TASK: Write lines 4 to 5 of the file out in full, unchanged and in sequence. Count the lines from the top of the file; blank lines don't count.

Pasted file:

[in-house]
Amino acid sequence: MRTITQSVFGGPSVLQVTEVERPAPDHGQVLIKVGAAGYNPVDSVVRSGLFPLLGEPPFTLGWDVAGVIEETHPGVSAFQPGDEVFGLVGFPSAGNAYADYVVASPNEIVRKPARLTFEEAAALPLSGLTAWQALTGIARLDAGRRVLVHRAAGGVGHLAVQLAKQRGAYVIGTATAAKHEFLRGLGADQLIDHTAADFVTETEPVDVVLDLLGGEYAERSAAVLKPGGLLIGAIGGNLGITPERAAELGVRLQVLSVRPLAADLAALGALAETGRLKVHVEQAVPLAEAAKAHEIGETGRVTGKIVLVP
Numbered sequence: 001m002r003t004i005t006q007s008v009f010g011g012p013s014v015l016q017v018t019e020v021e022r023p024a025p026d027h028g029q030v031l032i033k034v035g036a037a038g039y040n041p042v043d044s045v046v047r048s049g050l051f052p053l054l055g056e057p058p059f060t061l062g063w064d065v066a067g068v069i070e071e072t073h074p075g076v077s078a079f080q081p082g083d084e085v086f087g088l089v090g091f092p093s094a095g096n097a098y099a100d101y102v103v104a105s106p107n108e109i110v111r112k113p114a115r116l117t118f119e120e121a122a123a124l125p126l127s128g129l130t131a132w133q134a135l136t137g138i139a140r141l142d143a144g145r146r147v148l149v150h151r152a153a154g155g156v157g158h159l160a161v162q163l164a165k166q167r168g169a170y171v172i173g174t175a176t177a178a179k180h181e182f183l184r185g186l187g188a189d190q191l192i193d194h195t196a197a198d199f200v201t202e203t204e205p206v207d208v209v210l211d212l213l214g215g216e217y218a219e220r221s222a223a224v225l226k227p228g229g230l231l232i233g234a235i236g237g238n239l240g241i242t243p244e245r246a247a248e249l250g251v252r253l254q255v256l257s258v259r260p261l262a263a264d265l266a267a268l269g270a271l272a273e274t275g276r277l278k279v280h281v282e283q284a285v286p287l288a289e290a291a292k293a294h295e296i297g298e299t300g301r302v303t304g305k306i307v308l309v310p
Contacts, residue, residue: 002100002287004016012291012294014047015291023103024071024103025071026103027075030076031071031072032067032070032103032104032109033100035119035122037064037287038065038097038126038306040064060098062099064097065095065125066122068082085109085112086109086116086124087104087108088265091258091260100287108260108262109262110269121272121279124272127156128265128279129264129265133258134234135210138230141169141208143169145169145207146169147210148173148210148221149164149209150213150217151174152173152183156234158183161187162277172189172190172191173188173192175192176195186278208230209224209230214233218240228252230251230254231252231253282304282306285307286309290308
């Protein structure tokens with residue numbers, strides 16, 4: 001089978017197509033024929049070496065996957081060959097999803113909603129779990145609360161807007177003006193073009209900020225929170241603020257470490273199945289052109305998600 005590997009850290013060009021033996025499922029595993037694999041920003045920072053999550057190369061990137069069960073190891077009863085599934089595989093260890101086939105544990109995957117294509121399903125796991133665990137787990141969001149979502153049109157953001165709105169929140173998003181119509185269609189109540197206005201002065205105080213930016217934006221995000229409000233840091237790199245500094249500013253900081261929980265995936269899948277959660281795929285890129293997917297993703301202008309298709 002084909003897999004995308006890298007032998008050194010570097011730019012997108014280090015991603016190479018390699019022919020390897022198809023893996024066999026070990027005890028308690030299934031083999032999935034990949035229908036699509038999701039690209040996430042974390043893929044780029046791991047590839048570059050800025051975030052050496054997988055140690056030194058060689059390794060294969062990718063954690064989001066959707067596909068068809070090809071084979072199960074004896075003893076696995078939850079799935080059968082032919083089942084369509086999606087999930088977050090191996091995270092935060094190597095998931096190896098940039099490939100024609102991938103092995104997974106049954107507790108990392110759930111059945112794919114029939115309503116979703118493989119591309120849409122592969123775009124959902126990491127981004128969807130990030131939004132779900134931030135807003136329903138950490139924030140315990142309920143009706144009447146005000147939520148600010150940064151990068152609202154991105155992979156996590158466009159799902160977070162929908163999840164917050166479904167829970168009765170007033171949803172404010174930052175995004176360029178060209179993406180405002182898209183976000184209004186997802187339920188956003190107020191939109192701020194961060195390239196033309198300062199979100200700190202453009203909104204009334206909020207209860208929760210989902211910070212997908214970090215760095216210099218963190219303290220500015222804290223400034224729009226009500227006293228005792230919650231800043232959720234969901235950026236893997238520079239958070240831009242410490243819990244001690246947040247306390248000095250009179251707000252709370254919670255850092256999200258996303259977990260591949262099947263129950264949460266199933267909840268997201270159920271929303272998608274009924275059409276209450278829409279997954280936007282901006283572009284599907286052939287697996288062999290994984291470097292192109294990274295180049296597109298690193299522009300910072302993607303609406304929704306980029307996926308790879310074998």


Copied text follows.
Contacts, residue, residue: 002100002287004016012291012294014047015291023103024071024103025071026103027075030076031071031072032067032070032103032104032109033100035119035122037064037287038065038097038126038306040064060098062099064097065095065125066122068082085109085112086109086116086124087104087108088265091258091260100287108260108262109262110269121272121279124272127156128265128279129264129265133258134234135210138230141169141208143169145169145207146169147210148173148210148221149164149209150213150217151174152173152183156234158183161187162277172189172190172191173188173192175192176195186278208230209224209230214233218240228252230251230254231252231253282304282306285307286309290308
């Protein structure tokens with residue numbers, strides 16, 4: 001089978017197509033024929049070496065996957081060959097999803113909603129779990145609360161807007177003006193073009209900020225929170241603020257470490273199945289052109305998600 005590997009850290013060009021033996025499922029595993037694999041920003045920072053999550057190369061990137069069960073190891077009863085599934089595989093260890101086939105544990109995957117294509121399903125796991133665990137787990141969001149979502153049109157953001165709105169929140173998003181119509185269609189109540197206005201002065205105080213930016217934006221995000229409000233840091237790199245500094249500013253900081261929980265995936269899948277959660281795929285890129293997917297993703301202008309298709 002084909003897999004995308006890298007032998008050194010570097011730019012997108014280090015991603016190479018390699019022919020390897022198809023893996024066999026070990027005890028308690030299934031083999032999935034990949035229908036699509038999701039690209040996430042974390043893929044780029046791991047590839048570059050800025051975030052050496054997988055140690056030194058060689059390794060294969062990718063954690064989001066959707067596909068068809070090809071084979072199960074004896075003893076696995078939850079799935080059968082032919083089942084369509086999606087999930088977050090191996091995270092935060094190597095998931096190896098940039099490939100024609102991938103092995104997974106049954107507790108990392110759930111059945112794919114029939115309503116979703118493989119591309120849409122592969123775009124959902126990491127981004128969807130990030131939004132779900134931030135807003136329903138950490139924030140315990142309920143009706144009447146005000147939520148600010150940064151990068152609202154991105155992979156996590158466009159799902160977070162929908163999840164917050166479904167829970168009765170007033171949803172404010174930052175995004176360029178060209179993406180405002182898209183976000184209004186997802187339920188956003190107020191939109192701020194961060195390239196033309198300062199979100200700190202453009203909104204009334206909020207209860208929760210989902211910070212997908214970090215760095216210099218963190219303290220500015222804290223400034224729009226009500227006293228005792230919650231800043232959720234969901235950026236893997238520079239958070240831009242410490243819990244001690246947040247306390248000095250009179251707000252709370254919670255850092256999200258996303259977990260591949262099947263129950264949460266199933267909840268997201270159920271929303272998608274009924275059409276209450278829409279997954280936007282901006283572009284599907286052939287697996288062999290994984291470097292192109294990274295180049296597109298690193299522009300910072302993607303609406304929704306980029307996926308790879310074998």